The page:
(c) The time and cause of death or injury as well as the circumstances surrounding it. People v. Mayfield (1997) 14 Cal.4th 668, 766, disapproved on other grounds, People v. Scott (2015) 61 Cal.4th 363; see People v. Bledsoe (1984) 36 Cal.3d 236, 249 (expert can give opinion that child's injuries were result of battered-child syndrome and not accidental); Bates v. Newman (2d Dist.1953) 121 Cal.App.2d 800, 803 (medical expert can give opinion about person's ability or inability to do certain acts); see, e.g., People v. Brown (2014) 59 Cal.4th 86, 100 (forensic pathologist gave opinion that sexual assault and drowning of victim occurred fairly concurrently); People v. Edwards (2013) 57 Cal.4th 658, 708-09 (pathologist who did not perform autopsy gave opinion that injuries occurred before death and were "highly painful"); People v. Taylor (2010) 48 Cal.4th 574, 588 (forensic pathologist gave opinion that injuries were consistent with forcible rape); People v. Robinson (2005) 37 Cal.4th 592, 631-32 (forensic pathologist gave opinion about where bodies were positioned during shooting). This includes opinion evidence on the nature of the wounds, including whether they were done defensively or deliberately. See, e.g., People v. Bemore (2000) 22 Cal.4th 809, 819 (opinion that wounds were defensive and indicated struggle); People v. Welch (1999) 20 Cal.4th 701, 750-51 (opinion that wounds indicated that killing was done deliberately), overruled on other grounds, People v. Blakeley (2000) 23 Cal.4th 82; People v. Cole (1956) 47 Cal.2d 99, 104-05 (opinion that fatal wound was not self-inflicted); People v. Jones (4th Dist.1993) 14 Cal.App.4th 1252, 1256 (opinion that wounds indicated that killing occurred during rage); People v. Bobo (3d Dist.1990) 229 Cal.App.3d 1417, 1426 (opinion that certain wounds were hesitation cuts).

(d) The character of a defendant, victim, or witness. See "Character & Related Evidence," ch. 4-A, §1 et seq.

(e) The sanity of the defendant. See People v. Williams (1988) 44 Cal.3d 883, 902-03; see also People v. Jantz (2d Dist.2006) 137 Cal.App.4th 1283, 1295 (D waives privilege against self-incrimination and right to counsel regarding expert testimony in sanity trial when D voluntarily places his mental condition in issue).

(f) The existence of a mental illness, disorder, or defect as long as the testimony tends to show that the defendant did or did not actually have the required mental state, and as long as the expert does not offer the opinion that the defendant actually did or did not harbor the required mental state. People v. Herrera (2d Dist.2016) 247 Cal. App.4th 467, 475-76; People v. Cortes (6th Dist.2011) 192 Cal.App.4th 873, 908; see, e.g., People v. DeHoyos (2013) 57 Cal.4th 79, 121 (asking expert whether he believed D understood difference between right and wrong when D killed victim did not seek evidence of D's capacity).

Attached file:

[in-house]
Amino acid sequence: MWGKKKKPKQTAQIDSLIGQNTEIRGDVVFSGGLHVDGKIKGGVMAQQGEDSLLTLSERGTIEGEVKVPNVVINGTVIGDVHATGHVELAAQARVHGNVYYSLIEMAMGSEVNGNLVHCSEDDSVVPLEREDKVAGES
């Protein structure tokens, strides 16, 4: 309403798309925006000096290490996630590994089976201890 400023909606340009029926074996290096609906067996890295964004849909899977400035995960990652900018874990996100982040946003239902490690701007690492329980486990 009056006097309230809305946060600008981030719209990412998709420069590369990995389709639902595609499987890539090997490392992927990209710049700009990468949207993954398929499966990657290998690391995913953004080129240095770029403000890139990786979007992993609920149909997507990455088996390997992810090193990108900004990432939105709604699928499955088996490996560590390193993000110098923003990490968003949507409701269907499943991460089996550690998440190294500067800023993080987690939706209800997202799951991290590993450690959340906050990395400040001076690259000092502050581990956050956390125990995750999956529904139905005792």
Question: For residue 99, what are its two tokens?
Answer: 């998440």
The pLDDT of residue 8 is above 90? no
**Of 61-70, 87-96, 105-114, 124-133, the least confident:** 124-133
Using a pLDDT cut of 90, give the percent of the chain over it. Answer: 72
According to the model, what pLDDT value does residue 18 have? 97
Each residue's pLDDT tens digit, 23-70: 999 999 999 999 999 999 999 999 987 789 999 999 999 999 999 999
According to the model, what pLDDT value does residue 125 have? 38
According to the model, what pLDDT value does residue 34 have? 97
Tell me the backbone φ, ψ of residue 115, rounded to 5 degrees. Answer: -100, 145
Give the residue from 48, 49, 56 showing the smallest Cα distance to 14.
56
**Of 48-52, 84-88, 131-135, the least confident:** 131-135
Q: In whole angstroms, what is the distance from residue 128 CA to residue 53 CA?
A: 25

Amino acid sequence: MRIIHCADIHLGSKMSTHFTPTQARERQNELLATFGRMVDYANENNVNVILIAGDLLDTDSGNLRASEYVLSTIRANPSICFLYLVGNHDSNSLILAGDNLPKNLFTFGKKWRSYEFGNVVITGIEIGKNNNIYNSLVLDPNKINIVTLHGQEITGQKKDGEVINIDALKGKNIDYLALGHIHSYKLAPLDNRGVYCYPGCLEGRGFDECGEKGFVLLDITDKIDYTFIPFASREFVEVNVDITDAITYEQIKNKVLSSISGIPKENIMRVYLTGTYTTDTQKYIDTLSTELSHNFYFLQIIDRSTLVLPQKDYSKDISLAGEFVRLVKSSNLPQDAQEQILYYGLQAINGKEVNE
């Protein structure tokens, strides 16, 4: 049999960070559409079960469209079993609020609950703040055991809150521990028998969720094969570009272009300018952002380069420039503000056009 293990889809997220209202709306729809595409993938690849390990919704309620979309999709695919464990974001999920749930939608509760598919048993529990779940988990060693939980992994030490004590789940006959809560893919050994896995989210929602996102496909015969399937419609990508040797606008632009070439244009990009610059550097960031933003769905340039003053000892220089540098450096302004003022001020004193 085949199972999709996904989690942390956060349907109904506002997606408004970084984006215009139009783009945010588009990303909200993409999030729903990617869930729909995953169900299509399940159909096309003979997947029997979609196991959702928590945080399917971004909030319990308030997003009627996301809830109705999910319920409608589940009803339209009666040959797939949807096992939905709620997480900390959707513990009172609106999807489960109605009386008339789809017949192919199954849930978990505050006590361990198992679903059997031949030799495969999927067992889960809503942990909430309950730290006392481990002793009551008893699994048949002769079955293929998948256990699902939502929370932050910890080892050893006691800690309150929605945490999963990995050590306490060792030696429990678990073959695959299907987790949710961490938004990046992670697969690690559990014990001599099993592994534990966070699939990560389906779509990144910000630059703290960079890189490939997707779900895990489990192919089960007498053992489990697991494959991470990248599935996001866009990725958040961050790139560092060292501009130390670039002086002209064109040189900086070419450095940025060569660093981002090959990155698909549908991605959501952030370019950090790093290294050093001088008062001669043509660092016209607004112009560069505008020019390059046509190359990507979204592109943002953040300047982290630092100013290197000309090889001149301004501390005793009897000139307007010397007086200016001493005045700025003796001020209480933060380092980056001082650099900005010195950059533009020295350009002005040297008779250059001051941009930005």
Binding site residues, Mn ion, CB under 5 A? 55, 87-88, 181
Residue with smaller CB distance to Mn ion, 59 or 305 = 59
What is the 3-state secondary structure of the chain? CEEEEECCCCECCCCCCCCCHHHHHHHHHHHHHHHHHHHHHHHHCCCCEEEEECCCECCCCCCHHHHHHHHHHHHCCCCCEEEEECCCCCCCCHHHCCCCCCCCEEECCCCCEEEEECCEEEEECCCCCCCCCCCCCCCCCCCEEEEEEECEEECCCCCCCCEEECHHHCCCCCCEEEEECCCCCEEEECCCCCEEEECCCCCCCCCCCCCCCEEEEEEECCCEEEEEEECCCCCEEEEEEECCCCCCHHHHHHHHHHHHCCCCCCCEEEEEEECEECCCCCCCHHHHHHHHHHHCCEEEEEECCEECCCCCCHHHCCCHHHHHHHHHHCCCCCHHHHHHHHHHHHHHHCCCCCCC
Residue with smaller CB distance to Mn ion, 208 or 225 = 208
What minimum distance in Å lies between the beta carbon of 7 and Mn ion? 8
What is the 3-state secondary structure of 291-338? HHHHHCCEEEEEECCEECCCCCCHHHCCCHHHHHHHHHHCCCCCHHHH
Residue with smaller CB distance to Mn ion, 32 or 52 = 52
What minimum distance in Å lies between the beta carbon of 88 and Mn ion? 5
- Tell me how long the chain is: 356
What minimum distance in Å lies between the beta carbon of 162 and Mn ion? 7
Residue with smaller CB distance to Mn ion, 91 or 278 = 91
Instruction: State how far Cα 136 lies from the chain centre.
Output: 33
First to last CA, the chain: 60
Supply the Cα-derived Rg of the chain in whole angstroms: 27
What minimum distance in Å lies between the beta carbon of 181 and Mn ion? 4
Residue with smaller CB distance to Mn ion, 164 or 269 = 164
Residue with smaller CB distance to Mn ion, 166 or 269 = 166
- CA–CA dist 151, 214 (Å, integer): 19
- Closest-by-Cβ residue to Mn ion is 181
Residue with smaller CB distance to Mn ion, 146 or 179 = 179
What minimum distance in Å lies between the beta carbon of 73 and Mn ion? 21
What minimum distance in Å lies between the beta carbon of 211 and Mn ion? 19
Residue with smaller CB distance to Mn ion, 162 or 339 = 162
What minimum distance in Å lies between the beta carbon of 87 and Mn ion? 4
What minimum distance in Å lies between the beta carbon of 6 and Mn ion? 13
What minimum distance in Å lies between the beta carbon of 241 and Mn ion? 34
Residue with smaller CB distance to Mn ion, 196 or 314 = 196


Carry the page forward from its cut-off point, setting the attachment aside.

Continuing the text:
(g) The general psychological factors that could lead a person to make a false confession to law enforcement. See People v. Page (1st Dist.1991) 2 Cal.App.4th 161, 187-88 (expert can testify to factors that may affect reliability of confession, but expert cannot give opinion on whether confession in case was in fact involuntary).

(h) The general psychological factors that could affect the accuracy of eyewitness identification. E.g., People v. McDonald (1984) 37 Cal.3d 351, 368-69 (although jurors may not be totally unaware of psychological factors that bear on eyewitness identification, body of information now available is sufficiently beyond common experience), overruled on other grounds, People v. Mendoza (2000) 23 Cal.4th 896. But see People v. Wright (1988) 45 Cal.3d 1126, 1142 n.13 (psychological factors affecting eyewitness identifications are sufficiently experimental and open to debate that most courts are reluctant to admit expert testimony on the subject); People v. Johnson (1st Dist.1993) 19 Cal. App.4th 778, 786-87 (questioning whether permitting expert psychologist's testimony about another witness's credibility is desirable as practical matter). The decision to admit or exclude expert testimony on eyewitness identification is a matter that is primarily within the court's discretion. Lucas, 60 Cal.4th at 276-77; McDonald, 37 Cal.3d at 377. But when eyewitness identification of the defendant is a key element of the prosecution's case, the identification is not substantially corroborated by evidence giving it independent reliability, and the defendant offers expert testimony on specific psychological factors beyond the jury's common experience that bear on the accuracy of the identification, it will ordinarily be error if the court excludes that testimony. McDonald, 37 Cal.3d at 377; see Lucas, 60 Cal.4th at 277; People v. Chavez (4th Dist.2018) 22 Cal.App.5th 663, 680; see, e.g.,...

To continue reading

Request your trial

VLEX uses login cookies to provide you with a better browsing experience. If you click on 'Accept' or continue browsing this site we consider that you accept our cookie policy. ACCEPT